Cardiovascular disease is a class of diseases which occurs when plaques build up in the blood vessels and block the flow of blood to the heart. It includes coronary artery diseases, stroke, heart failure, venous thrombosis, etc.
About 17.9 million people worldwide die from cardiovascular disease each year, accounting for 31% of the global population death.
A study led by the researcher from National Institute for Public Health and the Environment in Bilthoven, The Netherlands found that pure fruit juice consumption up to 7 glasses per week but not the consumption of≥8 glasses was significantly associated with reduced risk of cardiovascular disease. The study was published in the British Journal of Nutrition.
About 34,560 participants aged 20-69 were selected from the Dutch population in the Netherlands. They were required to report the dietary intake among 178 food items and indicated their consumption of fruit and pure fruit juice in portions or glasses per day, per week, per month or per year, or as never, for each item.
After a follow up of averaged 14.6 years, 3,801 participants had cardiovascular disease, 2,135 with coronary heart disease and 1,135 with stroke.
The researchers divided pure fruit consumption into five categories: non-drinkers, 1 glass/week, 1-4 glasses/week, 4-8 glasses/week and ≥8 glasses/week to investigate the association of cardiovascular disease and pure fruit consumption.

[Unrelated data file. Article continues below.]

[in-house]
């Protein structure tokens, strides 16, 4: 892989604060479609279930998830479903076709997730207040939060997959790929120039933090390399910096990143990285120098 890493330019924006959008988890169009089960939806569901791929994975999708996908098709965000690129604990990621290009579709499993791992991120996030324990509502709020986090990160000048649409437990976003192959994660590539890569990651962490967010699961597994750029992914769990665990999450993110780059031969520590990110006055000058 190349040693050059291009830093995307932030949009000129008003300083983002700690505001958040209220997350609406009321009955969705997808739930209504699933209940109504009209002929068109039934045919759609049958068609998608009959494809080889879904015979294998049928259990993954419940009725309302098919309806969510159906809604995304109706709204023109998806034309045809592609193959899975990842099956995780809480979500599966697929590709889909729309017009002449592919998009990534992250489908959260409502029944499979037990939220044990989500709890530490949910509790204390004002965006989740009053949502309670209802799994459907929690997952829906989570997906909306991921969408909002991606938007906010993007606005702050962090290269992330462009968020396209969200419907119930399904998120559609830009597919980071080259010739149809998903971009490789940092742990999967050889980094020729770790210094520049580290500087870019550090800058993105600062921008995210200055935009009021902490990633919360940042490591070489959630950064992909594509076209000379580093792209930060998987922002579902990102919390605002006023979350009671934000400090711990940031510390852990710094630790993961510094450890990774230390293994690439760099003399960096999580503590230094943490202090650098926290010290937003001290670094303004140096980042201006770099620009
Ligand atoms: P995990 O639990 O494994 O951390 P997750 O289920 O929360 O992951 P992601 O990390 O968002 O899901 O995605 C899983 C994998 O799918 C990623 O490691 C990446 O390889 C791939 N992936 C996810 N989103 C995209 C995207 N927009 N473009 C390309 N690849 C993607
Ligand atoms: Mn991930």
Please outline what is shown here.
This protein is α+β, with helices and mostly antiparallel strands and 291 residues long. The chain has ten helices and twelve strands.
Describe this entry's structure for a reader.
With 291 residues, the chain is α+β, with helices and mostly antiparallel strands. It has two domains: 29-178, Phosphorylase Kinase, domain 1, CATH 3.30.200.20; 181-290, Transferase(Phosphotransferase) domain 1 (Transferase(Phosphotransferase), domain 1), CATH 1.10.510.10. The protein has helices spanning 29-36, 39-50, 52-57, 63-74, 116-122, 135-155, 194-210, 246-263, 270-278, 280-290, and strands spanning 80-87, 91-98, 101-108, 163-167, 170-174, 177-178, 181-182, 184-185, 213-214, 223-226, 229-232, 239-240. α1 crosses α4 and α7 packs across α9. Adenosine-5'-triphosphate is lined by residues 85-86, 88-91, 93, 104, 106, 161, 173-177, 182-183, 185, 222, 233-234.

The study results showed that, compared with no consumption, the lowest three categories of pure fruit juice consumption were significantly associated with a reduced risk of cardiovascular disease, while the highest category of pure fruit juice consumption (≥ 8 glasses/week) showed no significant reduction in cardiovascular disease incidence.
For stroke, only two categories were helpful. Pure fruit consumption of 1-4 glasses per week and 4-8 glasses per week was significantly associated with a lower risk of stroke.
Fruit consumption was positively linked to a reduced incidence of cardiovascular disease. Compared with the lowest quintile of fruit consumption, the highest three quintiles (121-186, 186-259 and ≥259 g/d) were statistically significantly associated with a lower incidence of cardiovascular disease.
Researchers also find that about 1.0% did not consume fruit and 15.4% didn’t consume pure fruit.
Women were more likely to consume pure fruit juice than men. Higher fruit consumers tended to be older while pure fruit juice drinkers tended to be younger.